Ohio Personal Injury Laws

Ohio personal injury law attempts to cover all types of injuries one can suffer. Some of the most common areas are automobile accidents, premises liability, medical malpractice, and product liability, among others. Whether or not you are entitled to compensation may depend on the type of accident that caused the injury.

You may be entitled to compensation for your injuries if another's negligence caused your injury. Any personal injury case depends on liability, damages, and whether or not you can collect from the negligent party or parties. Even if you were partially at fault for your injuries, you may be entitled to recover a portion of your damages. Ohio has adopted the doctrine of modified comparative fault which means one's recoverable damages will be reduced in proportion to his percentage of negligence.

Ohio Car Accidents

In 1980, Ohio became the 35th state to enact a comparative negligence law. Under this law, “negligence” is defined as the failure to exercise the degree of care required of a reasonable and prudent person in any given circumstance resulting in injury or damage to another.

Comparative negligence allows for a person to recover damages as reduced by the person’s own percentage of negligence. In Ohio, if a party is more than 50 percent at fault, recovery is not allowed. The law applies most often to automobile accidents, but comparative negligence may also apply to accidents involving a home or business.

If you are in an automobile accident with an uninsured driver who is at fault, the uninsured motorist provisions of your own policy will apply if you purchased such coverage. This coverage would also apply if you were hit by a "hit and run" driver. This insurance acts just like the insurance the uninsured driver should have had. Underinsured motorist coverage picks up where the liability coverage of the other driver leaves off. If your personal injuries exceed the amount of the other driver's liability insurance, your underinsured motorist insurance covers the excess damages under current law.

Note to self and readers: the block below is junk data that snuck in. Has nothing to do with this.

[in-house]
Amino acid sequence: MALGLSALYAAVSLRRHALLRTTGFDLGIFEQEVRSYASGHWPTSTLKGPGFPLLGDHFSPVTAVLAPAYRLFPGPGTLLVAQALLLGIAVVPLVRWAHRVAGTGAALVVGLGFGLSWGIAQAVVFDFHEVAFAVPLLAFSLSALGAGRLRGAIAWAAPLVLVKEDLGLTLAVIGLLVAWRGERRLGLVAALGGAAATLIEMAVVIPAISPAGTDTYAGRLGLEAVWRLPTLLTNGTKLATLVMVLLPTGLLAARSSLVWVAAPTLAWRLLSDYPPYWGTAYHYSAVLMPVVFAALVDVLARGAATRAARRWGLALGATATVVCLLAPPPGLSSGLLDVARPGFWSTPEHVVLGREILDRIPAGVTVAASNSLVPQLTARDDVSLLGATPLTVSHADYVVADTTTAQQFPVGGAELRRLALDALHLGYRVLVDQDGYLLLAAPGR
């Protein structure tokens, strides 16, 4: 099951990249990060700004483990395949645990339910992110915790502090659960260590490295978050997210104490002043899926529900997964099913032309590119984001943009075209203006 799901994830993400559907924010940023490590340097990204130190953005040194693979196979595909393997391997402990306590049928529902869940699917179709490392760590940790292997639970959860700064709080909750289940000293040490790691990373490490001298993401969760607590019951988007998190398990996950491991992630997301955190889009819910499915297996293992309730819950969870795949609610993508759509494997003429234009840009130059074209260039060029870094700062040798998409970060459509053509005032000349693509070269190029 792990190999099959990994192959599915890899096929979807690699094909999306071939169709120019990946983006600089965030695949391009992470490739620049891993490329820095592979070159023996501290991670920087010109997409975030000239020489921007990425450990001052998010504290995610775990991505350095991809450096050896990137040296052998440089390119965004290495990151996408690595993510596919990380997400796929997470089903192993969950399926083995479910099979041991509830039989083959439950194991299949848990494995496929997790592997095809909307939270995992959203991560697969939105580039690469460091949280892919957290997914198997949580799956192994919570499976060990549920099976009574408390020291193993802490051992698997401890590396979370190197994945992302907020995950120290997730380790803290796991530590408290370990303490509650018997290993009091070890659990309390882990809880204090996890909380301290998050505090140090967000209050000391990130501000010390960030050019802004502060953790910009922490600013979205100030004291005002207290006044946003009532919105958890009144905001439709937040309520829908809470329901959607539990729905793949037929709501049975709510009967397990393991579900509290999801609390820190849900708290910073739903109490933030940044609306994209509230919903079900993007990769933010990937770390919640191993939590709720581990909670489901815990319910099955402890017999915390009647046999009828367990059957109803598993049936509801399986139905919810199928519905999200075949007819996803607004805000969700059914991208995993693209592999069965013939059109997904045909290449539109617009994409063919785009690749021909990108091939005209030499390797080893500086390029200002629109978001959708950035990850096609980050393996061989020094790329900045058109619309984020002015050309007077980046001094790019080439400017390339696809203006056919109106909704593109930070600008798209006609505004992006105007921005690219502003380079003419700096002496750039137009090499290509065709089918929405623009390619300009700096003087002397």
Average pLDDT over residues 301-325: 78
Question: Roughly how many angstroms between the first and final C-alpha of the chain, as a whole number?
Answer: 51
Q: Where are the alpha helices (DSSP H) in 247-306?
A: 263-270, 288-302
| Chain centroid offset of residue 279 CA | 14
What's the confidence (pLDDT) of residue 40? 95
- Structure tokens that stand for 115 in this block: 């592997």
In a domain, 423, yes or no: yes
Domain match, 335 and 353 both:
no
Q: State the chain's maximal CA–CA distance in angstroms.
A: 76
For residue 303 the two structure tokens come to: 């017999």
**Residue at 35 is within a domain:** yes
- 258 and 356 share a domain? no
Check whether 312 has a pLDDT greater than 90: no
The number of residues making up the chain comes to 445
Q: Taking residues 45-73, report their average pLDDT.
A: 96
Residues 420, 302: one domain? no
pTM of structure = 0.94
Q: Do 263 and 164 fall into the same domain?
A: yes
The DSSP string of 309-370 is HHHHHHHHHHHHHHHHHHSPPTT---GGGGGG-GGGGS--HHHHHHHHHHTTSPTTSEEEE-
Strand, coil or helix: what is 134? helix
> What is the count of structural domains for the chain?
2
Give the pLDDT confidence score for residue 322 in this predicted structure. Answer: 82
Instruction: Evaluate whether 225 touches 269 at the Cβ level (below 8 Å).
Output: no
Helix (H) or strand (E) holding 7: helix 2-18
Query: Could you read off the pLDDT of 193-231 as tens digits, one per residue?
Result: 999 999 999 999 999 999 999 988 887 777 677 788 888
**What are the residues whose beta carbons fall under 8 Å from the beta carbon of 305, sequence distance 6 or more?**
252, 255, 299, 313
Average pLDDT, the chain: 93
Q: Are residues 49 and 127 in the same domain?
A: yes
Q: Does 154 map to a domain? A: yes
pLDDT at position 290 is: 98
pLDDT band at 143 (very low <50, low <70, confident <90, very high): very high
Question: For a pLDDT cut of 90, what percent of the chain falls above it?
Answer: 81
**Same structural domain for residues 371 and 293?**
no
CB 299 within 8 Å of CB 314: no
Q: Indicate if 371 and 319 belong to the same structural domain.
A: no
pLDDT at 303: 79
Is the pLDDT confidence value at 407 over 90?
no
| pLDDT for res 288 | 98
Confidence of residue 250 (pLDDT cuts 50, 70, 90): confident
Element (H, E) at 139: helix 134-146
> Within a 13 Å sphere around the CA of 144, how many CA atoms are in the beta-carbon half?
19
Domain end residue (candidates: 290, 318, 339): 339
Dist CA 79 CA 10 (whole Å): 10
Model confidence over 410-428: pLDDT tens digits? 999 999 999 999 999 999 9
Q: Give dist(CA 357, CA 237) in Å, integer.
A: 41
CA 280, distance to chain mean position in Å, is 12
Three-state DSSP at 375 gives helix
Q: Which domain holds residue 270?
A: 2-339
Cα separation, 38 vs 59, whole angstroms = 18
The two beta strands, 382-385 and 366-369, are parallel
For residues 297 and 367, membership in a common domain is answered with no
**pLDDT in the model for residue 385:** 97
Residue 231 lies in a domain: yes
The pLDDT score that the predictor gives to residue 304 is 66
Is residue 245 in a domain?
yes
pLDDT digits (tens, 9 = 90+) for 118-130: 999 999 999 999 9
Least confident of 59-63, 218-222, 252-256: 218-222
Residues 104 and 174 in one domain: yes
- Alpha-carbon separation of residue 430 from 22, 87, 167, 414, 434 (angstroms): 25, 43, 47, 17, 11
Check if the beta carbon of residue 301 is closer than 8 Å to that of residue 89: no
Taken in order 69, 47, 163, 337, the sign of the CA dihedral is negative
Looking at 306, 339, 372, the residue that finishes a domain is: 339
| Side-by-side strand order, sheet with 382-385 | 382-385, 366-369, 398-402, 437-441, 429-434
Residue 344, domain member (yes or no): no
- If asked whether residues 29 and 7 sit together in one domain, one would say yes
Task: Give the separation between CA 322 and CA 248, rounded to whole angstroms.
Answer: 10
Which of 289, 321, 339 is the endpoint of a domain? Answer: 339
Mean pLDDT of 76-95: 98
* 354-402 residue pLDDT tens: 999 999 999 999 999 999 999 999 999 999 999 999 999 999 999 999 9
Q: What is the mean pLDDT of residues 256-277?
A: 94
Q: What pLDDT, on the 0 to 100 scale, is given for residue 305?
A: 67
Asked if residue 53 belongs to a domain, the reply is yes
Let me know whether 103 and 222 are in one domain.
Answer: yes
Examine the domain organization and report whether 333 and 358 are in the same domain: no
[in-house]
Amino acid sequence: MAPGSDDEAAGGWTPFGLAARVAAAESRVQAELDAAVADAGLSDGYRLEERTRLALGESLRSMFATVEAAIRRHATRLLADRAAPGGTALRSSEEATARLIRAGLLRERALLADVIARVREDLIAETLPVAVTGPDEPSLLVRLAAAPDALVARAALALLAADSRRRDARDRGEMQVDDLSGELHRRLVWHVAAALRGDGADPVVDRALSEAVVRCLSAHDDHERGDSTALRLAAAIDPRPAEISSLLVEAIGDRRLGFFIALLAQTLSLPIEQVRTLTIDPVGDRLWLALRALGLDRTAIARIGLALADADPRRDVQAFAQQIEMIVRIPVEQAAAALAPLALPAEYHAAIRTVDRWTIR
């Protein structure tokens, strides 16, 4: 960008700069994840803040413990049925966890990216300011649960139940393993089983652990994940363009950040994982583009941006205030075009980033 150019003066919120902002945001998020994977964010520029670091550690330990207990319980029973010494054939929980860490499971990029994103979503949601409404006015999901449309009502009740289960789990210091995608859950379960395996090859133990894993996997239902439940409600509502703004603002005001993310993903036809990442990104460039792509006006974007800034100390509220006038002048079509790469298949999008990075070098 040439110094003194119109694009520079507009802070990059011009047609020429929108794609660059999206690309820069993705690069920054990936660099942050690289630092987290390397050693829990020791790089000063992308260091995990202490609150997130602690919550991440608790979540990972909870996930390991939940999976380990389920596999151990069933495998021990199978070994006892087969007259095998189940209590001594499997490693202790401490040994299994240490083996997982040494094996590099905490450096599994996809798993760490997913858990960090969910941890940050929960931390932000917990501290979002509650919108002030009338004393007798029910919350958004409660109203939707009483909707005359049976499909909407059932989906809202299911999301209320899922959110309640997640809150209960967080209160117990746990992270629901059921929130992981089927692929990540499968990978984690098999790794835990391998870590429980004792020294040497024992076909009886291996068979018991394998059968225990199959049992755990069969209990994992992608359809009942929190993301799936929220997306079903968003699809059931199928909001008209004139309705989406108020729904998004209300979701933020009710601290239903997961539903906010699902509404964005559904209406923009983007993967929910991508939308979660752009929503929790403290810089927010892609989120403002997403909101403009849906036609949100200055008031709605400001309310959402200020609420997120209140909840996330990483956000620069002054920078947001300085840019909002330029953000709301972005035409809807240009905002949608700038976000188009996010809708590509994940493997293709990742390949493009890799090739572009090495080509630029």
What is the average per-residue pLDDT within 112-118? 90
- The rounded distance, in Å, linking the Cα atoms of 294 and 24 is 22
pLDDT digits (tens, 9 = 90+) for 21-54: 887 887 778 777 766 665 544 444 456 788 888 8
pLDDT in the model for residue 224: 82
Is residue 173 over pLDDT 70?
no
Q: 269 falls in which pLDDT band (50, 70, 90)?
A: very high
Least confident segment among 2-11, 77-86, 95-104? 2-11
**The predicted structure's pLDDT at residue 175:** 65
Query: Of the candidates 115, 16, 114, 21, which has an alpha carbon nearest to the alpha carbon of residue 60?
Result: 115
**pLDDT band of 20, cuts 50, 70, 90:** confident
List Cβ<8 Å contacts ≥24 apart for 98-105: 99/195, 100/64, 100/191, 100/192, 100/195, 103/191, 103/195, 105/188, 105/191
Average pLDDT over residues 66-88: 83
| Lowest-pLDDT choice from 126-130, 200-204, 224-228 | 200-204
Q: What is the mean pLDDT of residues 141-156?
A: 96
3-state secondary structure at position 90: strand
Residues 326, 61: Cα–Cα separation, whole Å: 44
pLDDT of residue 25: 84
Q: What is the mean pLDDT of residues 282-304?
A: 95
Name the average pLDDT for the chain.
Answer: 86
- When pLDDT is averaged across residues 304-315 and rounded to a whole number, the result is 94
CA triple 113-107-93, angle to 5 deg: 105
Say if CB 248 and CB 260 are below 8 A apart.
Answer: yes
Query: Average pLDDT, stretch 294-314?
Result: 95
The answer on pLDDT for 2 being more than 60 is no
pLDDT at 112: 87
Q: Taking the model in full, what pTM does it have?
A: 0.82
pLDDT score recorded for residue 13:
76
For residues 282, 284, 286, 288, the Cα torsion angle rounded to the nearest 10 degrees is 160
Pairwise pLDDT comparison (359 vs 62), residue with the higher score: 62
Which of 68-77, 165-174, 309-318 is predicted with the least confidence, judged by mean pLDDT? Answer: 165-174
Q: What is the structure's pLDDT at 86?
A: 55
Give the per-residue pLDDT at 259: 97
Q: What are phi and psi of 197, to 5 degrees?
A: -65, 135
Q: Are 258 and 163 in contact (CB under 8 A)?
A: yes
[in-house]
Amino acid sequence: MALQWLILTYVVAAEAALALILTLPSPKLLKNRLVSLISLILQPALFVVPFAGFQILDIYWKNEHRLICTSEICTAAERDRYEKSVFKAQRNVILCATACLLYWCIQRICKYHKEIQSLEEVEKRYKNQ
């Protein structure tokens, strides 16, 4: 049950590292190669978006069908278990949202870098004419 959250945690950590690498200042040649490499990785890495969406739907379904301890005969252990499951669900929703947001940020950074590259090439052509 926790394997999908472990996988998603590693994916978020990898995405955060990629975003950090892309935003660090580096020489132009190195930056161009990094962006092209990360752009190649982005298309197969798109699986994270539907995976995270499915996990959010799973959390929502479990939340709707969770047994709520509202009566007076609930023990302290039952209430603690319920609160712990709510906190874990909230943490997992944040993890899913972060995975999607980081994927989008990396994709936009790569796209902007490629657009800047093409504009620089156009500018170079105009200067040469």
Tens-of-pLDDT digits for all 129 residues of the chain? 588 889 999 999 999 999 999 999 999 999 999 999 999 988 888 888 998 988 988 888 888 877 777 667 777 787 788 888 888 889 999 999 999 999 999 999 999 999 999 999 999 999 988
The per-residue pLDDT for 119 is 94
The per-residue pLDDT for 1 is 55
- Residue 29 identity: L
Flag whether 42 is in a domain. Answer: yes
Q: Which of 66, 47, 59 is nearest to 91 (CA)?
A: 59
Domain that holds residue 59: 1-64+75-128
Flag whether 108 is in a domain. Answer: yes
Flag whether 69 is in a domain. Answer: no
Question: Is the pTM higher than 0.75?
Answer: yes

Ohio Mandatory Minimum Liability Coverage

The mandatory minimum liability coverage in Ohio is $12,500 per person and $25,000 per accident for personal injury, and $7,500 for property damage. If the person who caused your injury has automobile liability insurance, an insurance adjuster will gather the pertinent records including medical records, medical bills, wage loss verification and the like in an effort to verify your damages. The insurance company may make you an offer to settle the claim. You may find the offer acceptable and once you accept it, the claim process is over. If you do not receive an acceptable offer, you can proceed with filing a lawsuit. Lawsuits are generally filed when negotiations fail. If you file a lawsuit against a negligent driver, your attorney will need to prove that the other party was negligent and that the other party's negligence caused injuries that resulted in compensable damages. Be careful when dealing with the other party's insurance company because they may try to rush you into a settlement before you can adequately evaluate the extent of your damages.

Ohio Premises Liability Laws